LSE Grantham Research Institute responds to Spring Statement

UK Treasury building (Credit: iStock)

The Grantham Research Institute has today responded to the UK Government’s Spring Statement (13 March 2019), in which a new Future Homes Standard was announced, which would prevent new build homes from being heated by fossil fuels.

Professor Sam Fankhauser, Director of the Grantham Research Institute on Climate Change and the Environment and ESRC Centre for Climate Change Economics and Policy, at the London School of Economics and Political Science, said:

“The Chancellor is right to recognise the importance of addressing urgent climate change issues, which young people in Britain have put a spotlight on.

“Fossil fuel-free heating in new homes from 2025 is a welcome step towards reducing carbon emissions and helping the UK achieve its legally binding targets.

“Ensuring new homes are heated without relying on oil, coal or gas has the potential to significantly reduce emissions, especially if these are accompanied by measures to make homes more energy efficient. To be fully effective, stringent standards for new homes need to be complemented by more funding for energy efficiency upgrades in existing homes, such as for insulation and better boilers.”

The Government also announced a new review into the link between biodiversity and growth.

Professor Nicholas Stern, Chair of the Grantham Research Institute on Climate Change and the Environment and the ESRC Centre for Climate Change Economics and Policy at the London School of Economics and Political Science, said:

“A new global review of the economic value of biodiversity is a welcome opportunity to assess the threats to plant and animal species, including insects, and their habitats across the world. It will assess the world’s natural capital, which consists of the world’s stocks of geology, soil, air, water and all living things.

“The current rapid depletion of our oceans, landscapes, and wildlife is having severe effects on our lives and livelihoods. It is important that this review examines the scale and urgency of potential action on biodiversity and ecosystems risks, so that we can consider, in an evidenced-based way, how to manage these risks and the net economic benefits of different approaches. As we carry out this work it is important to examine how, biodiversity, oceans and climate interact and how economic activity and natural capital can be managed in a complementary and sustainable way.

“The review is an opportunity to take into account the potential discovery of new medicines and other benefits that we can and do gain from biodiversity and to understand more deeply the benefits that natural capital brings to our well-being and potential economic development.”

 

For more information about this media release please contact Kieran Lowe on +44 (0) 20 7107 5442 or k.lowe@lse.ac.uk or Bob Ward on +44 (0) 7811 320346 or r.e.ward@lse.ac.uk.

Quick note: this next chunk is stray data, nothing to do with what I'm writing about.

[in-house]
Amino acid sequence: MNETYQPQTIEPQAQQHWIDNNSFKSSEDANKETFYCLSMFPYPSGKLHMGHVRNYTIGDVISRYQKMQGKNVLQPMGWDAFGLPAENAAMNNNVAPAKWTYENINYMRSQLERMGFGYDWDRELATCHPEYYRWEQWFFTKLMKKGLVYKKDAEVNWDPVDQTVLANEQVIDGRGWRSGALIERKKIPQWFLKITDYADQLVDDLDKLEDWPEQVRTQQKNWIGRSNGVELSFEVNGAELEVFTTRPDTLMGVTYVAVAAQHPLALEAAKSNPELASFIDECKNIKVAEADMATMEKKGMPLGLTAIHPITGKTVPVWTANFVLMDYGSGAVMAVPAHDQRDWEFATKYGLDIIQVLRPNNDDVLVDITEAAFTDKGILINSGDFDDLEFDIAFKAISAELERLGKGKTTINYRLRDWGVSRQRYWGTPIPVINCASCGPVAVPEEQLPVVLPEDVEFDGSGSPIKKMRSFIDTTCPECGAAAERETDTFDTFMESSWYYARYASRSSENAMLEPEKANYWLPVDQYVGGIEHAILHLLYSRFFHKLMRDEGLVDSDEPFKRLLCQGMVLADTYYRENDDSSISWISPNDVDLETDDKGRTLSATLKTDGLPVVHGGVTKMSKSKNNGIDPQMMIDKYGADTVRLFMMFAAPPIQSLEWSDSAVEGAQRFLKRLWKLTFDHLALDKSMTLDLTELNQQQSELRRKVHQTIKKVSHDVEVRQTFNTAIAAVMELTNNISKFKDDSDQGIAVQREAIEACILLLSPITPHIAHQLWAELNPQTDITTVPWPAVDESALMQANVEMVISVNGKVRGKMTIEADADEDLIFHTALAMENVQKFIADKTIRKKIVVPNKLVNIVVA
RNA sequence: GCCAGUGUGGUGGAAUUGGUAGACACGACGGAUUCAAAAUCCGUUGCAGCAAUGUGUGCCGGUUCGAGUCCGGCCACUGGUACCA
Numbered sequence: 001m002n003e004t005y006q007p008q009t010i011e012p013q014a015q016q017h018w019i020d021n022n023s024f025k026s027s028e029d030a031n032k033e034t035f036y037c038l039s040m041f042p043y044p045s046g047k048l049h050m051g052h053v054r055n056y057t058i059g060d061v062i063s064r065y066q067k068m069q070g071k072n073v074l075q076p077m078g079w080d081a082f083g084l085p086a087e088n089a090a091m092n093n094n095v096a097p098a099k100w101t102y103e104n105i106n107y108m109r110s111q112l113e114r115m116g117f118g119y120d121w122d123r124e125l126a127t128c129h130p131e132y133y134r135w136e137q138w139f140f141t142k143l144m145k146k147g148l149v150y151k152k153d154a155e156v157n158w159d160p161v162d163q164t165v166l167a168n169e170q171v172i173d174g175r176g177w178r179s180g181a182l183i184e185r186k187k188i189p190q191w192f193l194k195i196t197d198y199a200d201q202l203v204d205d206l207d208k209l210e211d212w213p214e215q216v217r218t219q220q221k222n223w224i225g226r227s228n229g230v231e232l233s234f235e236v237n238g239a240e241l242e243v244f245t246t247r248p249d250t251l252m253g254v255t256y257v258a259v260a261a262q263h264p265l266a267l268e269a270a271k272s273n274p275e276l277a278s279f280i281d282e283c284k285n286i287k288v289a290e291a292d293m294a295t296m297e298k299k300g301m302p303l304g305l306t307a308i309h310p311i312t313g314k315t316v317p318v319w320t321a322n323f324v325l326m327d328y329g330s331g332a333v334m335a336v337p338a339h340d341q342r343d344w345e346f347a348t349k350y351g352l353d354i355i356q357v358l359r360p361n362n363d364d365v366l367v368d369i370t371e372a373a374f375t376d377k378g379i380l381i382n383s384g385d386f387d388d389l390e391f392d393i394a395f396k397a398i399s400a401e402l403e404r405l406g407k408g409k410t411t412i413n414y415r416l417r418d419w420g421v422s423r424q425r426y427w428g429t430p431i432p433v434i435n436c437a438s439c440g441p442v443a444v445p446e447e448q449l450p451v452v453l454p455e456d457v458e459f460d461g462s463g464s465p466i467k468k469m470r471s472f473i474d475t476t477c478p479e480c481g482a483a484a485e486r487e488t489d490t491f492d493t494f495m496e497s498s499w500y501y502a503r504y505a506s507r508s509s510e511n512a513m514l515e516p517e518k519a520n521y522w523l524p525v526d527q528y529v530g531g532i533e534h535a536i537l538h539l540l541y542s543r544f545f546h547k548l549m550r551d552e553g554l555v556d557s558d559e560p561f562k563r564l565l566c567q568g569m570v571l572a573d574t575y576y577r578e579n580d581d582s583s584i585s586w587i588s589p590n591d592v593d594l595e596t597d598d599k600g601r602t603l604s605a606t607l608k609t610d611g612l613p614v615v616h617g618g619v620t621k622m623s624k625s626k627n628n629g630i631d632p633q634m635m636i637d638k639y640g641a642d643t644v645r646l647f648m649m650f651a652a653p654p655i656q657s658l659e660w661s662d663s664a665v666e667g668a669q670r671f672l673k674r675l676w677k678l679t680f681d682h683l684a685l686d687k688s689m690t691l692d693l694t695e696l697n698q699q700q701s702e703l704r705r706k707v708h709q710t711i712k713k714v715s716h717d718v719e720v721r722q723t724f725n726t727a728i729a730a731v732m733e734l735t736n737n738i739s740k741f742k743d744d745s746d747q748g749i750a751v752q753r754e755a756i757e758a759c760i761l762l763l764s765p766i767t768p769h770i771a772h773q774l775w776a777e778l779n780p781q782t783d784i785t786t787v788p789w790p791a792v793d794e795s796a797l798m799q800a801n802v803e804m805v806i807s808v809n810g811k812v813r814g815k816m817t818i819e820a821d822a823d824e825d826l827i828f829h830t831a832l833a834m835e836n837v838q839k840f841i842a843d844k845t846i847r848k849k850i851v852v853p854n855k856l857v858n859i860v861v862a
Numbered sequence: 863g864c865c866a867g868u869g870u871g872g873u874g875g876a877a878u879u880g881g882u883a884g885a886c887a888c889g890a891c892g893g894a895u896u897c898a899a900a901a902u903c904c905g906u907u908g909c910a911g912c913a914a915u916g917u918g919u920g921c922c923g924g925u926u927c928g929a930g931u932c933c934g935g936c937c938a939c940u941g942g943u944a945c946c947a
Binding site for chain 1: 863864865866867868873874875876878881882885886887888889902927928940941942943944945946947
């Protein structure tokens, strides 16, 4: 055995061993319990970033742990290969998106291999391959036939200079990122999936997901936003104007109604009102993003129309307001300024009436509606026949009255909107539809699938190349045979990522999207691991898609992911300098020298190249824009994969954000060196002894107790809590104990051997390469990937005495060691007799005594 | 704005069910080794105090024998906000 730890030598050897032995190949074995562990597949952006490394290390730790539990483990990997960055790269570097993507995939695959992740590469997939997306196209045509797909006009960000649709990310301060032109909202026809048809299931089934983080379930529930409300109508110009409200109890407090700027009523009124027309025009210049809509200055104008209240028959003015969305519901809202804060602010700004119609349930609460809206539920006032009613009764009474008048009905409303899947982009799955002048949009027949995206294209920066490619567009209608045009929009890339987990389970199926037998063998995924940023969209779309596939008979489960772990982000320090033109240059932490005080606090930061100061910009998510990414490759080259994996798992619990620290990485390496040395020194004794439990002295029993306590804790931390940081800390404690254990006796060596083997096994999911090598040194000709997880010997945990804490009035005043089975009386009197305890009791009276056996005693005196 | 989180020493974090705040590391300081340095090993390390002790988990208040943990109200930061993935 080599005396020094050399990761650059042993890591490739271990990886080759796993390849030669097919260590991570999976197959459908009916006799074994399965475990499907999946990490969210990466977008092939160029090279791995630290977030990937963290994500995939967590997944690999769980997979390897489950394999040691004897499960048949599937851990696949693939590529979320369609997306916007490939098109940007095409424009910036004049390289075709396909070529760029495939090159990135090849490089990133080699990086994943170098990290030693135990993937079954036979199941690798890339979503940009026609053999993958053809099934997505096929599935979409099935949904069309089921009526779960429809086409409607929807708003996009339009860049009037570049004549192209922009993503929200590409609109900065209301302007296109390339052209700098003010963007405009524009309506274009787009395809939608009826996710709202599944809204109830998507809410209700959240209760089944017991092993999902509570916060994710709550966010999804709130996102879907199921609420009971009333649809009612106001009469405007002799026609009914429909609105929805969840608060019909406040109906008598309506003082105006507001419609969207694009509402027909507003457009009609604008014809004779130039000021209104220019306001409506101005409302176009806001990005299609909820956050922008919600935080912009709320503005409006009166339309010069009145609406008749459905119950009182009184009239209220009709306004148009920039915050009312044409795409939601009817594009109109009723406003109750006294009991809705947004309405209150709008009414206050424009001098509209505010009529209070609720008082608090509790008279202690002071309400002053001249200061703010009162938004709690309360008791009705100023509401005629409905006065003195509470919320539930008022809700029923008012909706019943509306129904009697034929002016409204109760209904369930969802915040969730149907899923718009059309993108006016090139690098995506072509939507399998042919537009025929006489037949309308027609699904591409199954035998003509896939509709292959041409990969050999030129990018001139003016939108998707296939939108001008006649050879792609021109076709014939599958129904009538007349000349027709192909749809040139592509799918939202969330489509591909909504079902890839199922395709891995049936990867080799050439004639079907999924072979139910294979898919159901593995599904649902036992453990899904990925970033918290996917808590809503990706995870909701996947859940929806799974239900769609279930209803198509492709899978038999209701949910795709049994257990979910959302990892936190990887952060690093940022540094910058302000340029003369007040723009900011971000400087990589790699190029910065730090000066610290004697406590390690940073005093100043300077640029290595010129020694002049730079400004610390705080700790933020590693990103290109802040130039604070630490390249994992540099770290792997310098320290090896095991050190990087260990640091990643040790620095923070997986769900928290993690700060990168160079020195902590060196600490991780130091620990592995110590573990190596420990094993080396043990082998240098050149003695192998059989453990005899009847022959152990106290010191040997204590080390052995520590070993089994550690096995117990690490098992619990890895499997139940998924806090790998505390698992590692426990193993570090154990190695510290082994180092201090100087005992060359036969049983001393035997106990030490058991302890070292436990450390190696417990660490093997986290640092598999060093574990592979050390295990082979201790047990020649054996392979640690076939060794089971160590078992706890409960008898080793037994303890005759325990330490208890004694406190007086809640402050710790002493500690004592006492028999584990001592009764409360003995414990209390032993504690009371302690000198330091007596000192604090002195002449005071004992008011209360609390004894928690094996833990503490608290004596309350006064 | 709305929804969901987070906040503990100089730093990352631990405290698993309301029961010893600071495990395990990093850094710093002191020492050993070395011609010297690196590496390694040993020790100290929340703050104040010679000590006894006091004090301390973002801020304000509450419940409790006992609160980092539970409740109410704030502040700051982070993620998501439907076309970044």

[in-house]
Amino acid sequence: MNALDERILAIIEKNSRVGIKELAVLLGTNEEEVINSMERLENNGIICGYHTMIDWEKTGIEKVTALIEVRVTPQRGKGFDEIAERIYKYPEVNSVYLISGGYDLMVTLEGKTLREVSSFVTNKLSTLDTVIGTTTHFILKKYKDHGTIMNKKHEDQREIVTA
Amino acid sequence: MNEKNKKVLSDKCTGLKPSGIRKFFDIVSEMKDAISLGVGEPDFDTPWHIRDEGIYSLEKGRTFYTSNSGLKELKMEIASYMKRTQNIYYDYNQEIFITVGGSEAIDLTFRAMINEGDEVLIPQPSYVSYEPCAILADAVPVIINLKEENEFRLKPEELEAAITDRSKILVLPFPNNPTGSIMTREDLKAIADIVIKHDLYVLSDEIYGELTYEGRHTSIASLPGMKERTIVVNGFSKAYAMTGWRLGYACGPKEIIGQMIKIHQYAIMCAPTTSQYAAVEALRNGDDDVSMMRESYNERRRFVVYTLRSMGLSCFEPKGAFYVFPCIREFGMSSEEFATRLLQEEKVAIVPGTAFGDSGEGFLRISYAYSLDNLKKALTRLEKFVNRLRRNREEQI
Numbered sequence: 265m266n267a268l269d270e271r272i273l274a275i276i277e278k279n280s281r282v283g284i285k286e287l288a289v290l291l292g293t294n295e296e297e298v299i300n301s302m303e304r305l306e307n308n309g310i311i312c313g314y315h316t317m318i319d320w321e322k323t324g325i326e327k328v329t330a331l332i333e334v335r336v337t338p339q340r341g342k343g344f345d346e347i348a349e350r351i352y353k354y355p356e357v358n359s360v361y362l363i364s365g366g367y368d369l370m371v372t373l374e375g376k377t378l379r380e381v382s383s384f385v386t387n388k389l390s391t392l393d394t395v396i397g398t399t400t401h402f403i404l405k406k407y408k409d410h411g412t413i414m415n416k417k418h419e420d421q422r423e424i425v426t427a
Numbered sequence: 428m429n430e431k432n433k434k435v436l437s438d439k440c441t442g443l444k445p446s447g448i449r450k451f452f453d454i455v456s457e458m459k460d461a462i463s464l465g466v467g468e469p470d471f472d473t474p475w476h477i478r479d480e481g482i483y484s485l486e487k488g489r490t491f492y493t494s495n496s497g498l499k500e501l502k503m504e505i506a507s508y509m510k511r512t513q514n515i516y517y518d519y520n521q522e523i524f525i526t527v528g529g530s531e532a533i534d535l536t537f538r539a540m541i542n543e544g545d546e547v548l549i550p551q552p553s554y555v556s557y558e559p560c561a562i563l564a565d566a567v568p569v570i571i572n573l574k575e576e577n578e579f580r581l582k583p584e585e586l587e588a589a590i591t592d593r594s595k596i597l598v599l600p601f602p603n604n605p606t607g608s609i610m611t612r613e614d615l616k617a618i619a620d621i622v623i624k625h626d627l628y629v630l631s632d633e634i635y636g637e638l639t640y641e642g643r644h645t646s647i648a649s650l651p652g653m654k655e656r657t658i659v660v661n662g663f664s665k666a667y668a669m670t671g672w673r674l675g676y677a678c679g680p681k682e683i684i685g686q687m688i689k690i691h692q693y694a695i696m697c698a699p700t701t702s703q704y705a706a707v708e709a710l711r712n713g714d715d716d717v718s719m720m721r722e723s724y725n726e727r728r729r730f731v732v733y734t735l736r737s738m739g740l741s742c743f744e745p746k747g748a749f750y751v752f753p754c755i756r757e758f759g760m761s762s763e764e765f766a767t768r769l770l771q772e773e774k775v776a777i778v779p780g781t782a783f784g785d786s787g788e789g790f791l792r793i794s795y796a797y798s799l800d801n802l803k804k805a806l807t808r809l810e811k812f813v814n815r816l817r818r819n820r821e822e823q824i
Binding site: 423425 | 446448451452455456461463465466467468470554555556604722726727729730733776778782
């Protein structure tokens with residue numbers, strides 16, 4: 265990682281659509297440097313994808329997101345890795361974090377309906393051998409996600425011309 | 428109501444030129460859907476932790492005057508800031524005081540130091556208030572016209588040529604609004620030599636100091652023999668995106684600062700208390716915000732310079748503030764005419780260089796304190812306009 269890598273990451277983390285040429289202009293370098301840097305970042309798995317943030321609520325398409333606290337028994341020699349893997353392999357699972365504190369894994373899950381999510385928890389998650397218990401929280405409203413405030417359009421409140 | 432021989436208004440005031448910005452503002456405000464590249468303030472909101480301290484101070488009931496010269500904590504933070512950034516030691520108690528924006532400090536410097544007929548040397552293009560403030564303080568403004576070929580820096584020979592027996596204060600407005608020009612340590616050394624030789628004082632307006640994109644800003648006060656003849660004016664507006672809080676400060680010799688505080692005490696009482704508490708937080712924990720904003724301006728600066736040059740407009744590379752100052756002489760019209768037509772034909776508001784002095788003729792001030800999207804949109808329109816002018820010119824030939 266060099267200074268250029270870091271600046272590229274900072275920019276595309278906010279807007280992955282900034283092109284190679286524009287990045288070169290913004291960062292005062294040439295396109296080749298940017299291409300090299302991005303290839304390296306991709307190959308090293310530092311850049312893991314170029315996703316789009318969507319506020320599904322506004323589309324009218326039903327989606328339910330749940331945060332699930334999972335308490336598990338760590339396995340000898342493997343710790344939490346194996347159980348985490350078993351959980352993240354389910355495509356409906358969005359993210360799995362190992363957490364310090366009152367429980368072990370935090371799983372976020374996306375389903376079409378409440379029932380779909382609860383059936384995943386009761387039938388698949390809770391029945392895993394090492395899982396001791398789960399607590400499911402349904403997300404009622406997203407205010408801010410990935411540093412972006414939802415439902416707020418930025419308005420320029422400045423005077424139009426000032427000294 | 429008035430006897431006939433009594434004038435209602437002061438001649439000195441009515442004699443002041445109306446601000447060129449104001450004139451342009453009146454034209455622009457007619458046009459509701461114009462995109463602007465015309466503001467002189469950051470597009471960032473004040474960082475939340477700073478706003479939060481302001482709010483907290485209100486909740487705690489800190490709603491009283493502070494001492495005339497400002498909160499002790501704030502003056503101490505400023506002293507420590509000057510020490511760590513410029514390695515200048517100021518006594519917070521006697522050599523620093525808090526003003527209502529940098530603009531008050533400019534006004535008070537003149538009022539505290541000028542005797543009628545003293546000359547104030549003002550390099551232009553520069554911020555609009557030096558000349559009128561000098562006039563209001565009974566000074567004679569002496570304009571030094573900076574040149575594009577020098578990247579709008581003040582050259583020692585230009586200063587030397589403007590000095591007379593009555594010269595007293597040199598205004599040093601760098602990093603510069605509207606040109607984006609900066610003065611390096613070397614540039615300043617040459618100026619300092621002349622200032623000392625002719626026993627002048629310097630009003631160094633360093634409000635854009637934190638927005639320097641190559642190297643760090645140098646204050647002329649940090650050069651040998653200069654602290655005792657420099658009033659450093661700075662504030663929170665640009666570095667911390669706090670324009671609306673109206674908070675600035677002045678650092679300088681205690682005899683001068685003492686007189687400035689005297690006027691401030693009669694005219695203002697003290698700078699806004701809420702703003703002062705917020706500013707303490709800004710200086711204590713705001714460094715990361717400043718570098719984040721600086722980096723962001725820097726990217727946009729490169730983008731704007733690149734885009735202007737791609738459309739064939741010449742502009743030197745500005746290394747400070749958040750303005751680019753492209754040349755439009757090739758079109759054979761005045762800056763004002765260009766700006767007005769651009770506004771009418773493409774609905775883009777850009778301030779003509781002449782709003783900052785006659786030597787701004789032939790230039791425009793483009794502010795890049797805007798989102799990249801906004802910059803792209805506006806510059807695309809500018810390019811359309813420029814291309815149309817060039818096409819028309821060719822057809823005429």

NOTES FOR EDITORS

  1. Lord Stern is chair of the Grantham Research Institute on Climate Change and the Environment and the ESRC Centre for Climate Change Economics and Policy, and I.G. Patel Professor of Economics and Government, at the London School of Economics and Political Science. From July 2013 to July 2017, Lord Stern was President of the British Academy for the humanities and social sciences. Lord Stern was with HM Treasury between October 2003 and May 2007. He served as Second Permanent Secretary and Head of the Government Economic Service, head of the review of the economics of climate change (the results of which were published in ‘The Economics of Climate Change: The Stern Review’ in October 2006), and director of policy and research for the Commission for Africa. His previous posts included Senior Vice-President and Chief Economist at the World Bank, and Chief Economist and Special Counsellor to the President at the European Bank for Reconstruction and Development. Baron Stern of Brentford was introduced in December 2007 to the House of Lords, where he sits on the independent cross-benches. He was recommended as a non-party-political life peer by the UK House of Lords Appointments Commission in October 2007. He was made a Fellow of the Royal Society in 2015 and a Companion of Honour in 2017.
  2. The ESRC Centre for Climate Change Economics and Policy (http://www.cccep.ac.uk/) is hosted by the University of Leeds and the London School of Economics and Political Science. It is funded by the UK Economic and Social Research Council (http://www.esrc.ac.uk/). The Centre’s mission is to advance public and private action on climate change through rigorous, innovative research.
  3. The Grantham Research Institute on Climate Change and the Environment (http://www.lse.ac.uk/grantham) was launched at the London School of Economics and Political Science in October 2008. It is funded by The Grantham Foundation for the Protection of the Environment (http://www.granthamfoundation.org/).

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